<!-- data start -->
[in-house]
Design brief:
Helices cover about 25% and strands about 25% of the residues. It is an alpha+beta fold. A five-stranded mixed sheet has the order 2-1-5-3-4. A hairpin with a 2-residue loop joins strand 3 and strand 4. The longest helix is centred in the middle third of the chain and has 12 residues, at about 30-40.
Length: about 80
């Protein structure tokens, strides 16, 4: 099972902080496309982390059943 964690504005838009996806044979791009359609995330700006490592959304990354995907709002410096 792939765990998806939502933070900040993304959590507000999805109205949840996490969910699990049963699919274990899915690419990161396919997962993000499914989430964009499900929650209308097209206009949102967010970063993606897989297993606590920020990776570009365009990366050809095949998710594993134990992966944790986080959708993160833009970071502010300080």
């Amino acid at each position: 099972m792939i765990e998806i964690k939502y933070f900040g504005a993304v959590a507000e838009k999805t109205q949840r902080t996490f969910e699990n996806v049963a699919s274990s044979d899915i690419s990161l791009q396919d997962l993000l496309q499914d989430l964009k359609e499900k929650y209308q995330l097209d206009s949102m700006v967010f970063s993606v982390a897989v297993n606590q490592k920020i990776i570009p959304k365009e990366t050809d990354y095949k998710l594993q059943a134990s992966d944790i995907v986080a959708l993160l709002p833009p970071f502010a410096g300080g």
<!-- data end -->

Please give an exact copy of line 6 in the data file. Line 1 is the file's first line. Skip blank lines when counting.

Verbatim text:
């Amino acid at each position: 099972m792939i765990e998806i964690k939502y933070f900040g504005a993304v959590a507000e838009k999805t109205q949840r902080t996490f969910e699990n996806v049963a699919s274990s044979d899915i690419s990161l791009q396919d997962l993000l496309q499914d989430l964009k359609e499900k929650y209308q995330l097209d206009s949102m700006v967010f970063s993606v982390a897989v297993n606590q490592k920020i990776i570009p959304k365009e990366t050809d990354y095949k998710l594993q059943a134990s992966d944790i995907v986080a959708l993160l709002p833009p970071f502010a410096g300080g």